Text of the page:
When there’s WiFi in the Amazon
Pretty much every sensor deployment we’ve done has been to remote areas with little or no connectivity. It can take days to reach some locations, either off roading through unforgiving terrain, boating in over crocodile infested waters, or hiking over rocks, ice, and snow. Sometimes we’ve been able to get status over satellite, but the bandwidth and power budget usually mean that the truly useful status and diagnostic information is left sitting idly on disk until the station can be visited again physically. It’s stressful setting up a station and then leaving the poor thing behind, hoping that nothing was forgotten and that enough testing was done.
Over the last few months our efforts have largely revolved around some work we’re doing with WCS and FIU in the Amazon jungle. Most of the stations there have been of the breed we’re used to, left on their own to fend for themselves. Lately we got word that a future site would have WiFi, which for us is a pretty unique opportunity for a few reasons. First, we’ll be able to get higher fidelity diagnostic information and data from these stations. In addition, given the right preparation, we’ll be able to service the firmware on these stations remotely.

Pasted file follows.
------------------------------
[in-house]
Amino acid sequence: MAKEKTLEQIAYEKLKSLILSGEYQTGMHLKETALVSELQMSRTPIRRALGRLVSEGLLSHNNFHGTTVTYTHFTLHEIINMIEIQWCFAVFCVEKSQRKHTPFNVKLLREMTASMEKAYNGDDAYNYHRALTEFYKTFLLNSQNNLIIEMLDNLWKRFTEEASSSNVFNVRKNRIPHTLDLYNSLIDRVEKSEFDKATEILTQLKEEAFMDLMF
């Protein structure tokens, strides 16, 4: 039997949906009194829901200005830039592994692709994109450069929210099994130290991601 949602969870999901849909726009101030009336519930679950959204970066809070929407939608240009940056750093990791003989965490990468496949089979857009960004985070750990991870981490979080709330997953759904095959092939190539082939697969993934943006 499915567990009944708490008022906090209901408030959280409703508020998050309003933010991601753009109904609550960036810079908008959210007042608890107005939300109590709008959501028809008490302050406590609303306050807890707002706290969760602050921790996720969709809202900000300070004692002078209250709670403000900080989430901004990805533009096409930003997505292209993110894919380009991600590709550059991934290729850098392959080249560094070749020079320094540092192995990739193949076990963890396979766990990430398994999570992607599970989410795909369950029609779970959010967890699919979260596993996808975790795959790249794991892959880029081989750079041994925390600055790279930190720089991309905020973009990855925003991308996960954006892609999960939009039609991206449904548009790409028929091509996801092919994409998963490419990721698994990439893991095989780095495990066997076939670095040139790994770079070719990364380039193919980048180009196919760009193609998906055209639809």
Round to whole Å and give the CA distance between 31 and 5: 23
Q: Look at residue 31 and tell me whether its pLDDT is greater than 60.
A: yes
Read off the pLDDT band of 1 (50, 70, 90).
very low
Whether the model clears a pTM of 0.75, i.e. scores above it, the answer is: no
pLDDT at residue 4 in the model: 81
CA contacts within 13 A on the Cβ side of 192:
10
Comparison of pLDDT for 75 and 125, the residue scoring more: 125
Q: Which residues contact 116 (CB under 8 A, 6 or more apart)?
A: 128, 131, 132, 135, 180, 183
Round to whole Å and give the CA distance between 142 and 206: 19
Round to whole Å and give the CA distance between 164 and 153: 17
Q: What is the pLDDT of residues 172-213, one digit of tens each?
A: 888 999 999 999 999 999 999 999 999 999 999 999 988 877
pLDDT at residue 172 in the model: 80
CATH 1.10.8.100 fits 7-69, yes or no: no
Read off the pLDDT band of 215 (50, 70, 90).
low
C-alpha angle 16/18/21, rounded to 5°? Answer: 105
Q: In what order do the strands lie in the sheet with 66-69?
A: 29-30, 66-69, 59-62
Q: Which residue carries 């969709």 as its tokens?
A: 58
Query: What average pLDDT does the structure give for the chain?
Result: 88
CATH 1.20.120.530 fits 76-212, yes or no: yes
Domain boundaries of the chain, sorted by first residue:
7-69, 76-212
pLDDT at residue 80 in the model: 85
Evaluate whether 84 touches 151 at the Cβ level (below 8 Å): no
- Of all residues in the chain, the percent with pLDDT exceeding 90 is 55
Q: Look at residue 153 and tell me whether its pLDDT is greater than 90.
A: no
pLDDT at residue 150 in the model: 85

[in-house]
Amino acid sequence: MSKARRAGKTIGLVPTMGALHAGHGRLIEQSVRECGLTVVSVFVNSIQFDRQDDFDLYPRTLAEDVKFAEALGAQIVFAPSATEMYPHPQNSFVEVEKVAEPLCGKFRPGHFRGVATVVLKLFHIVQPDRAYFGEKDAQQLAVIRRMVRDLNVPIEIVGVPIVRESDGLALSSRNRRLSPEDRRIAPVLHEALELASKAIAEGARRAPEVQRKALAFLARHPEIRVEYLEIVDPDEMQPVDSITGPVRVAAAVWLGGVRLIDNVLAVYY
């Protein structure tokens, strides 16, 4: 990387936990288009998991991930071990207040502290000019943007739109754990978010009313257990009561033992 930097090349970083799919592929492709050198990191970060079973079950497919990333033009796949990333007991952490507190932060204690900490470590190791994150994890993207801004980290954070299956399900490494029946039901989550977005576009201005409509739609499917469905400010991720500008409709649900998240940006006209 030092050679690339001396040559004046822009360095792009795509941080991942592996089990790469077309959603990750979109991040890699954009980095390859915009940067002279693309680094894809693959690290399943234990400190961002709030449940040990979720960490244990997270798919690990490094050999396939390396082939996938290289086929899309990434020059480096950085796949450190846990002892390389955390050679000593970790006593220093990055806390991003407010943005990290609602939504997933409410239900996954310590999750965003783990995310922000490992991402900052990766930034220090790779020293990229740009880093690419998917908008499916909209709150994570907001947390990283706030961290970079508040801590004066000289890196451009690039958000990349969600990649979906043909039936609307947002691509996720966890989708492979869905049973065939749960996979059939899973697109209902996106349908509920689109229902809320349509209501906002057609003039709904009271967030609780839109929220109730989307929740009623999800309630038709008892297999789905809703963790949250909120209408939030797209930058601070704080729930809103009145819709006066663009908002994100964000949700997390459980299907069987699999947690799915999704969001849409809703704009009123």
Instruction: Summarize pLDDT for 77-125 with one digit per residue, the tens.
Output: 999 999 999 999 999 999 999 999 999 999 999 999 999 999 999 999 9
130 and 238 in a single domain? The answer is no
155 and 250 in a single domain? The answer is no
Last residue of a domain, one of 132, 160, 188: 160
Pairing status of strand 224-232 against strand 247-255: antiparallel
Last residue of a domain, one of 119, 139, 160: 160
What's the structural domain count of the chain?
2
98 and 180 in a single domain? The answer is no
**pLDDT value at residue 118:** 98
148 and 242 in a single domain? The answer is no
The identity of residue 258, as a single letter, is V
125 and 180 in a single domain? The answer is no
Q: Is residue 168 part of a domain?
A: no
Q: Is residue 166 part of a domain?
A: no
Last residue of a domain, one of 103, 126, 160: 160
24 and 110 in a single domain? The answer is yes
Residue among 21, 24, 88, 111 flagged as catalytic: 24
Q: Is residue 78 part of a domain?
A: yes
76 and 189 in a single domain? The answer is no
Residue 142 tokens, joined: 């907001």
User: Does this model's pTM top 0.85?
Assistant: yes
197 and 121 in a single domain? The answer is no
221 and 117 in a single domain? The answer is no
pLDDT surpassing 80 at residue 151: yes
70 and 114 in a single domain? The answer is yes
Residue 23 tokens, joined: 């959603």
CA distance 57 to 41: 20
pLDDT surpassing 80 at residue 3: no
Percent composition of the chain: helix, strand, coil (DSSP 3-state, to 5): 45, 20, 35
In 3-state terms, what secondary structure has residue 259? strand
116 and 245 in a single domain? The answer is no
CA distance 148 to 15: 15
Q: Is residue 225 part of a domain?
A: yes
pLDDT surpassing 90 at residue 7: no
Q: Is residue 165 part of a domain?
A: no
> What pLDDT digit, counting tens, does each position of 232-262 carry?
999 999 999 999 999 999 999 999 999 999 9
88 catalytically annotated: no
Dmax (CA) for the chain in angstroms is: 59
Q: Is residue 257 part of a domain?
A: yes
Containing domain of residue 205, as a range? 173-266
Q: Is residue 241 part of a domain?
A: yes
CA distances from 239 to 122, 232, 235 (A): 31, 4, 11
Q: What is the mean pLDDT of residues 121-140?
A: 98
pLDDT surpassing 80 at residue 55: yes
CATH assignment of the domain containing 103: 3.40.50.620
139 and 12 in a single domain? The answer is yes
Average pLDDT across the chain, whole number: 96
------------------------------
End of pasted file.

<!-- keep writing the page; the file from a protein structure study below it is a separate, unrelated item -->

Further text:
Being able to remotely upgrade firmware is a feature I’ve been wanting for a while. Given the state of the FieldKit project we’ve never really had a reason to expend the effort for the feature, though. This recent news was a great opportunity to justify that initial groundwork work.
Now that the feature is implemented and being tested, I wanted to write up a post going over what the feature took. So, get ready, this is a software heavy post.